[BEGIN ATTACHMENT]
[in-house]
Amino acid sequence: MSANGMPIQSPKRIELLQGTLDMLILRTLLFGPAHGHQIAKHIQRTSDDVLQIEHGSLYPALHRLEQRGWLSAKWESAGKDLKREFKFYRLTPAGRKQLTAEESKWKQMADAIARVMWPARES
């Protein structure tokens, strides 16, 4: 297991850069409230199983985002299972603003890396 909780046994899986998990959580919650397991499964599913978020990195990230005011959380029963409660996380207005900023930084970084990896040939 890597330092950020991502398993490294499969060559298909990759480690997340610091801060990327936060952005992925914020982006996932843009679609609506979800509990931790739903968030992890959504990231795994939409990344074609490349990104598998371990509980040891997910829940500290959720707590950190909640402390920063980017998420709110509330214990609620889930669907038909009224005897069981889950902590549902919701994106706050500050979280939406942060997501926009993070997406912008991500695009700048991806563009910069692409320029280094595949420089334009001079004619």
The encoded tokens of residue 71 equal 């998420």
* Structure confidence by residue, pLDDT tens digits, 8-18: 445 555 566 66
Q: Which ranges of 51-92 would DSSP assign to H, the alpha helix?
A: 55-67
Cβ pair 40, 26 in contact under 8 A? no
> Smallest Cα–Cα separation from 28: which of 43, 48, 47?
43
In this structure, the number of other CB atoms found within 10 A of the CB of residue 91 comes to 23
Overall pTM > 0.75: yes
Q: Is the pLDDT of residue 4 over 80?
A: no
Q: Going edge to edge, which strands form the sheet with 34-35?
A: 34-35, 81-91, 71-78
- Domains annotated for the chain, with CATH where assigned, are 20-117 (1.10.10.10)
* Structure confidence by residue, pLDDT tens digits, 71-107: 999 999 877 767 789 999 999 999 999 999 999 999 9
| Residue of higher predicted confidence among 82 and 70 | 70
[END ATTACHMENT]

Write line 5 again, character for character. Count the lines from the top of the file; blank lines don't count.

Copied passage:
* Structure confidence by residue, pLDDT tens digits, 8-18: 445 555 566 66